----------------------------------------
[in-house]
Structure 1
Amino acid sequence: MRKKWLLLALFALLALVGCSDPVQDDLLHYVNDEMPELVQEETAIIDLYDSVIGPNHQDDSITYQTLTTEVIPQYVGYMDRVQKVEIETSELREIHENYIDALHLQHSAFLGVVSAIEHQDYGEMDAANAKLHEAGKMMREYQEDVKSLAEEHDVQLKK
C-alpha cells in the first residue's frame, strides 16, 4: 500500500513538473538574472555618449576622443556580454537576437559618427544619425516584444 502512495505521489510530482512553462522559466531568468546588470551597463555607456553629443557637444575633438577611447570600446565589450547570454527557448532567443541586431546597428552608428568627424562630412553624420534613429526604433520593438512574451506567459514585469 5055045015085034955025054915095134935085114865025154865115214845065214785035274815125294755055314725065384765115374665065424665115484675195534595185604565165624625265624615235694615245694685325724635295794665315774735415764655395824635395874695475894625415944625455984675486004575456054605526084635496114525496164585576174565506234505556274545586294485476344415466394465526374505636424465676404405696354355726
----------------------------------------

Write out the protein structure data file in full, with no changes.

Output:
[in-house]
Structure 1
Amino acid sequence: MRKKWLLLALFALLALVGCSDPVQDDLLHYVNDEMPELVQEETAIIDLYDSVIGPNHQDDSITYQTLTTEVIPQYVGYMDRVQKVEIETSELREIHENYIDALHLQHSAFLGVVSAIEHQDYGEMDAANAKLHEAGKMMREYQEDVKSLAEEHDVQLKK
C-alpha cells in the first residue's frame, strides 16, 4: 500500500513538473538574472555618449576622443556580454537576437559618427544619425516584444 502512495505521489510530482512553462522559466531568468546588470551597463555607456553629443557637444575633438577611447570600446565589450547570454527557448532567443541586431546597428552608428568627424562630412553624420534613429526604433520593438512574451506567459514585469 5055045015085034955025054915095134935085114865025154865115214845065214785035274815125294755055314725065384765115374665065424665115484675195534595185604565165624625265624615235694615245694685325724635295794665315774735415764655395824635395874695475894625415944625455984675486004575456054605526084635496114525496164585576174565506234505556274545586294485476344415466394465526374505636424465676404405696354355726